In this growing there are no really new things or new situation. There are only things growing out right, or things growing out deformed or shriveled. There is nothing new about railways or foundries or lathes or steel furnaces. They also are green-growing things. There is nothing new about organizations of men or of money. All these growing things are good, if they grow towards the final answers that were given in the beginning.
Or let us say that we have a green thing growing forever.
Everything that is done is done by it. And on it we also have the red parasite crunching forever: and everything that is undone is undone by that. The parasite will present itself as a modern thing. It will call itself the Great Change. Less often, and warily, it will call itself the Great Renewal. But it can never be another thing than the Red Failure returned. It is a disease, it is a scarlet fever, a typhoid, a diphtheria; it is the Africa disease, it is the red leprosy, it is the crab-cancer. It is the death of the individual and of the corporate soul. And incidentally, but very often, it is also the death of the individual and of the corporate body. We are asked to swear fealty to the parasite disease which the enemy sowed from the beginning. I will not do it, and I hope that you will not.

The devils stroll the earth again and infect with the red sickness. They must, at all cost to themselves, destroy the growing tendrils before such can touch the other side. For, whenever one least growing creeper touches across the interval, that means the extinction of a devil. It is a thing to be tested. Notice it that whenever there is the special shrilling, when there is the wild flinging out of catchwords to catch you in, when there are the weird exceptions and inclusions, when there are specious arguments and the murderous defamations, when all the volubility of the voltairians and the cuteness of the queers has been assembled to confound you, then one green growth has almost reached across to the other side, one devil is in danger of extinction. Oh, they will defend against that!

Listen now to a series of sayings that always come hard to brave people. Our own great movement will grow with its own impetus wherever it is not blighted. We will break up persons of blight and centers of blight. But often, and this will be the hard part for all of you to understand, we will warn and advise before we kill. And quite often we will not kill at all. Try to understand this.

written by R.A. Lafferty 1967
_________________________
live in the moment

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#217372 - 06/28/14 12:31 AM Easy One!!! [Re: Bazr]
Bazr Offline
enthusiast

Registered: 12/01/08
Posts: 270
Loc: Victoria, Australia
Four score and seven years ago our fathers brought forth on this continent, a new nation, conceived in Liberty, and dedicated to the proposition that all men are created equal.

Now we are engaged in a great civil war, testing whether that nation, or any nation so conceived and so dedicated, can long endure. We are met on a great battle-field of that war. We have come to dedicate a portion of that field, as a final resting place for those who here gave their lives that that nation might live. It is altogether fitting and proper that we should do this.

But, in a larger sense, we can not dedicate -- we can not consecrate -- we can not hallow -- this ground. The brave men, living and dead, who struggled here, have consecrated it, far above our poor power to add or detract. The world will little note, nor long remember what we say here, but it can never forget what they did here. It is for us the living, rather, to be dedicated here to the unfinished work which they who fought here have thus far so nobly advanced. It is rather for us to be here dedicated to the great task remaining before us -- that from these honored dead we take increased devotion to that cause for which they gave the last full measure of devotion -- that we here highly resolve that these dead shall not have died in vain -- that this nation, under God, shall have a new birth of freedom -- and that government of the people, by the people, for the people, shall not perish from the earth.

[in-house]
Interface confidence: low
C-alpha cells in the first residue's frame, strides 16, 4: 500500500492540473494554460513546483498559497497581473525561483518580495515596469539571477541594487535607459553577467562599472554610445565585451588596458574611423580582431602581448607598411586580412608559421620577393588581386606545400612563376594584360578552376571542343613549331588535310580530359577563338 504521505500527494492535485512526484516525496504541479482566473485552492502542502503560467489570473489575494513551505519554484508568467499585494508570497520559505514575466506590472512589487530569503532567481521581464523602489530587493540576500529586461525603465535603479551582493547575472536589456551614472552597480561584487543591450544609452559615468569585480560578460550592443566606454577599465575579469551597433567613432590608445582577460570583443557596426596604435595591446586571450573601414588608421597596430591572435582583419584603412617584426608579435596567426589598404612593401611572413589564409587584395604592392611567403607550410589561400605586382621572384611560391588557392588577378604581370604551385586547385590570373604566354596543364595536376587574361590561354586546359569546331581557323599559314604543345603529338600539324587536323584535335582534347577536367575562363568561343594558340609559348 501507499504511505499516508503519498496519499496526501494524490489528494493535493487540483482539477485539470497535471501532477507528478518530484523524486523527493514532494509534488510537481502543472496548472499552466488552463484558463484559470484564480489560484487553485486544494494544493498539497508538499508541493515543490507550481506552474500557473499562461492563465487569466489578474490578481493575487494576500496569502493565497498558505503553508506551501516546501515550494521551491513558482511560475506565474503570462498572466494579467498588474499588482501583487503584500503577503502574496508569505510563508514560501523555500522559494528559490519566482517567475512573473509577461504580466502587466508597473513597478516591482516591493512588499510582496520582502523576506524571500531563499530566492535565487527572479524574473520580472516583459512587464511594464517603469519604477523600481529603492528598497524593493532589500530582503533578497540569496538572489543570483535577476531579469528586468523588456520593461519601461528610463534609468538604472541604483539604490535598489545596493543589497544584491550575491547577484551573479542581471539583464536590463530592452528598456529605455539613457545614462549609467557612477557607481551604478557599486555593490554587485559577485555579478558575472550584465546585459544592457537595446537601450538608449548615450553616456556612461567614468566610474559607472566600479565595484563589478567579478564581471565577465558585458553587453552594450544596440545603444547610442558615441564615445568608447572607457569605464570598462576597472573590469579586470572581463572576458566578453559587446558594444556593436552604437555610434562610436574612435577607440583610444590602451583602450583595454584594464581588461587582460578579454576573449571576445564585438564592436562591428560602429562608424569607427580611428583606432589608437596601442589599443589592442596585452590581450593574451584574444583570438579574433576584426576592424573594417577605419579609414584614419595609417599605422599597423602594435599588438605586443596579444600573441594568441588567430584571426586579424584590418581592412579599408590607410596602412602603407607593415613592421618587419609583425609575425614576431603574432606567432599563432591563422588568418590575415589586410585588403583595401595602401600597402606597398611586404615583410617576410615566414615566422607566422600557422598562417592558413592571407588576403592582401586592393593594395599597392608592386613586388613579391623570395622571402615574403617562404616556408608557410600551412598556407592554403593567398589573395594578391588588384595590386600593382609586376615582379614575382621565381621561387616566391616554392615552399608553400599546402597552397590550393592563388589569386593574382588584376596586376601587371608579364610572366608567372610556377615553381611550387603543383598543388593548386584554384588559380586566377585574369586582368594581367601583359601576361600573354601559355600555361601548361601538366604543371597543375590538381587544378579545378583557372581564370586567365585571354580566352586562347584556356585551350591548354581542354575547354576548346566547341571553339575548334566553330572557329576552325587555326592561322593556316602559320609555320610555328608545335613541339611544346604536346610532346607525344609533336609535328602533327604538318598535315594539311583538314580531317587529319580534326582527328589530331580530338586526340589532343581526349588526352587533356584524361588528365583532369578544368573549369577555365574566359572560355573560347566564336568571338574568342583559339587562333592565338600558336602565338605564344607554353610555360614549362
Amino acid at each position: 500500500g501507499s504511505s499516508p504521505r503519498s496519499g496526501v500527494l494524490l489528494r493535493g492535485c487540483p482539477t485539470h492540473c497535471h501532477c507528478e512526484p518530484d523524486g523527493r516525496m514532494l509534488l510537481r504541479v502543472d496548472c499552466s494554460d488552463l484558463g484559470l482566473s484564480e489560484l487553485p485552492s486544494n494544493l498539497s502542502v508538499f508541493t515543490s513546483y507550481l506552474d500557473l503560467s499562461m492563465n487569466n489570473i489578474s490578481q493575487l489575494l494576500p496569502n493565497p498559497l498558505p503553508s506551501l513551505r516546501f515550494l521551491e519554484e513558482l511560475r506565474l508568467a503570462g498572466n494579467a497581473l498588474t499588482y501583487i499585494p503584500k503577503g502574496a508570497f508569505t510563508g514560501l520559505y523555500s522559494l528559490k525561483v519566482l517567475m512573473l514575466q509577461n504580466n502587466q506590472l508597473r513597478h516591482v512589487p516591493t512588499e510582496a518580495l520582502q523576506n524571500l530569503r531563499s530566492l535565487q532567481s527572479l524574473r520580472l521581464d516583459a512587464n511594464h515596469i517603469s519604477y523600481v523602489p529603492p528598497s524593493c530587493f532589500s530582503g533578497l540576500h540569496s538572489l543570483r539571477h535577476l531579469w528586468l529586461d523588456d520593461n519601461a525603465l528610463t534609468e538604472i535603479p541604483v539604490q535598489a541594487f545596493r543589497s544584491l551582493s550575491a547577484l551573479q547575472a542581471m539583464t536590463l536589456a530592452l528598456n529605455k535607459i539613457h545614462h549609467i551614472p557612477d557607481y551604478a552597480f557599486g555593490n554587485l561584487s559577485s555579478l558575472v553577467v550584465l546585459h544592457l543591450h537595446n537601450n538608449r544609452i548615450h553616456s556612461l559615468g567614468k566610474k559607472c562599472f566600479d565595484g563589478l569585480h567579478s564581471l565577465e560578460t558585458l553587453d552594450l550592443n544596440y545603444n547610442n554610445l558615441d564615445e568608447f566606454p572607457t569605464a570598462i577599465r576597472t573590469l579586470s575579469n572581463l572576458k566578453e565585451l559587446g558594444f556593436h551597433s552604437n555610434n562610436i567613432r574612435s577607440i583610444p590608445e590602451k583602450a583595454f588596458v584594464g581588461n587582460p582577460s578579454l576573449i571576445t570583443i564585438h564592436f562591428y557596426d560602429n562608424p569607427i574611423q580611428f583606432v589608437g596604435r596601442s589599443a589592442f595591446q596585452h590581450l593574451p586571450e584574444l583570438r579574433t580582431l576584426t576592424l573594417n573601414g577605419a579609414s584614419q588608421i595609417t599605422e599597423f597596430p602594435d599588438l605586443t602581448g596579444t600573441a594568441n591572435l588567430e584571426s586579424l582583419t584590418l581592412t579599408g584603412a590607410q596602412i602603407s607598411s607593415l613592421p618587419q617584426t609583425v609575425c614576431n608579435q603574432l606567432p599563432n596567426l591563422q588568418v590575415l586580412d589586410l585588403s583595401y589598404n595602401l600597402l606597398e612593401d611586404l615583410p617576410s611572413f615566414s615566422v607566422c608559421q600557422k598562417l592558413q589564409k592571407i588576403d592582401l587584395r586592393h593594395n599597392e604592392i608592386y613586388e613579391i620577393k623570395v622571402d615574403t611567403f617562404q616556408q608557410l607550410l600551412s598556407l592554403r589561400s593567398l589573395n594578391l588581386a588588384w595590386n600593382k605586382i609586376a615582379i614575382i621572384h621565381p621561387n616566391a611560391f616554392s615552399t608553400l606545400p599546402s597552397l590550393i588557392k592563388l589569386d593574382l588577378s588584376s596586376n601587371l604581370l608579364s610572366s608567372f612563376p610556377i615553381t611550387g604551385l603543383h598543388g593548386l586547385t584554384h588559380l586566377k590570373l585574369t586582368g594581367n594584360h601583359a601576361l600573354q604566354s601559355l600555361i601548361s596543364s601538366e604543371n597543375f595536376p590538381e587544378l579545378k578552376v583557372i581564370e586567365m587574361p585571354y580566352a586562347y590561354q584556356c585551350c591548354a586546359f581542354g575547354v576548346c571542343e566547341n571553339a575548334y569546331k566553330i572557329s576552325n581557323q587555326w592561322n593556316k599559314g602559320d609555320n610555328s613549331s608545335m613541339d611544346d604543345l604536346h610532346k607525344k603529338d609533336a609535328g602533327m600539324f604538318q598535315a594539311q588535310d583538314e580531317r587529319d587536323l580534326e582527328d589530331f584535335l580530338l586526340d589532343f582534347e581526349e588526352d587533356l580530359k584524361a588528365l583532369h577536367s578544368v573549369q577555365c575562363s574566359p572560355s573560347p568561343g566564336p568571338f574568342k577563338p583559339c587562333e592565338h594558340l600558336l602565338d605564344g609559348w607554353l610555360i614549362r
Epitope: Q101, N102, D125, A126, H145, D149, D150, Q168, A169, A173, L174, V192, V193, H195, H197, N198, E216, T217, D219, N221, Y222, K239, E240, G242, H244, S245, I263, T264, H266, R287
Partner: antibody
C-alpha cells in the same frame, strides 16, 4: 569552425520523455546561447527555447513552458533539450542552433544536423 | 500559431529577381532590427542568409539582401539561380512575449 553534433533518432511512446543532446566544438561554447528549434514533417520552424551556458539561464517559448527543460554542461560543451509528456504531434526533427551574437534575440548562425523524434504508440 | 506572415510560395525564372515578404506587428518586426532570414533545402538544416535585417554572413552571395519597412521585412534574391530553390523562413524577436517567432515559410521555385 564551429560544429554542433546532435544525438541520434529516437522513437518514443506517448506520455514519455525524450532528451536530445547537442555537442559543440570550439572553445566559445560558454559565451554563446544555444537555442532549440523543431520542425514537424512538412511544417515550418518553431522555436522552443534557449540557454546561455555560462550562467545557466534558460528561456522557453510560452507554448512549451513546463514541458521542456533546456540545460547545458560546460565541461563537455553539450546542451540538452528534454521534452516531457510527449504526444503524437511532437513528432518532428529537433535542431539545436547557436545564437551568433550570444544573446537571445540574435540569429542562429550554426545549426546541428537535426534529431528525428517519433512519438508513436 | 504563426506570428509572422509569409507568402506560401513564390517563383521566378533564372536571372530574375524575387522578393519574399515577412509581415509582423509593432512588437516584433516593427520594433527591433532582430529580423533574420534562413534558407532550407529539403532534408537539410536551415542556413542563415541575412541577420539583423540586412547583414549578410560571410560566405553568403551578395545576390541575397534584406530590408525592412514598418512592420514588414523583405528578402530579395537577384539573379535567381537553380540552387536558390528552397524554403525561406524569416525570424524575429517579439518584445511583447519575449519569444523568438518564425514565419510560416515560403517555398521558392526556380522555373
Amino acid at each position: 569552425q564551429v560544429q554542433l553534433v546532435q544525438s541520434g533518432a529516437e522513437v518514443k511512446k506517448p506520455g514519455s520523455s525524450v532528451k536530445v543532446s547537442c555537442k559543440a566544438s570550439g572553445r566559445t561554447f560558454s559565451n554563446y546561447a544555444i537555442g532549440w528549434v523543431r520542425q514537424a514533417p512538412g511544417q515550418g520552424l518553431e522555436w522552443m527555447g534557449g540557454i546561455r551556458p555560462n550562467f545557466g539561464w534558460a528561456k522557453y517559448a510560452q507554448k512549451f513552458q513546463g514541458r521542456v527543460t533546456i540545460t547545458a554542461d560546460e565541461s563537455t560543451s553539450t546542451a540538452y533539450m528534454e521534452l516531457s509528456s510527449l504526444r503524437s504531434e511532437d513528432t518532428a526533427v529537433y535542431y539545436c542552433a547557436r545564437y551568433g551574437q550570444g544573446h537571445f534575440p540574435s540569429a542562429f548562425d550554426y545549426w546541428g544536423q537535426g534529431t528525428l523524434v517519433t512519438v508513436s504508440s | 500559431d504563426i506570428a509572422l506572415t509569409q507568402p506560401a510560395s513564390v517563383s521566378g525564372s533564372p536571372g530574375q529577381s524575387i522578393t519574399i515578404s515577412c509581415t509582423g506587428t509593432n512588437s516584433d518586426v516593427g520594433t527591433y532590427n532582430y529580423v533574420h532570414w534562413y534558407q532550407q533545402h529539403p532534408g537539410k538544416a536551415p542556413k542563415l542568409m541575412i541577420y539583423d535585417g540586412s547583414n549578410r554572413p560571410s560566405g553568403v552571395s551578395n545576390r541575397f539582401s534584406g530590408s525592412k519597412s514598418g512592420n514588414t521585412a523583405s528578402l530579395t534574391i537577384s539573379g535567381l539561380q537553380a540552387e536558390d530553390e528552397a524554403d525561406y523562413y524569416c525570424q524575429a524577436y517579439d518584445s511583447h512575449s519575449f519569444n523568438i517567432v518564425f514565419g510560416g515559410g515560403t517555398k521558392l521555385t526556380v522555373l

_______ _______

November 19, 1863
_________________________
live in the moment

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#217379 - 06/28/14 10:05 AM Re: Easy One!!! [Re: Bazr]
jenny jenny Online   content
veteran

Registered: 06/05/10
Posts: 1504
Loc: Lower Aberdeen, Mississippi
Originally Posted By: Bazr
Four score and seven years ago our fathers brought forth on this continent, a new nation, conceived in Liberty, and dedicated to the proposition that all men are created equal.

Now we are engaged in a great civil war, testing whether that nation, or any nation so conceived and so dedicated, can long endure. We are met on a great battle-field of that war. We have come to dedicate a portion of that field, as a final resting place for those who here gave their lives that that nation might live. It is altogether fitting and proper that we should do this.

But, in a larger sense, we can not dedicate -- we can not consecrate -- we can not hallow -- this ground. The brave men, living and dead, who struggled here, have consecrated it, far above our poor power to add or detract. The world will little note, nor long remember what we say here, but it can never forget what they did here. It is for us the living, rather, to be dedicated here to the unfinished work which they who fought here have thus far so nobly advanced. It is rather for us to be here dedicated to the great task remaining before us -- that from these honored dead we take increased devotion to that cause for which they gave the last full measure of devotion -- that we here highly resolve that these dead shall not have died in vain -- that this nation, under God, shall have a new birth of freedom -- and that government of the people, by the people, for the people, shall not perish from the earth.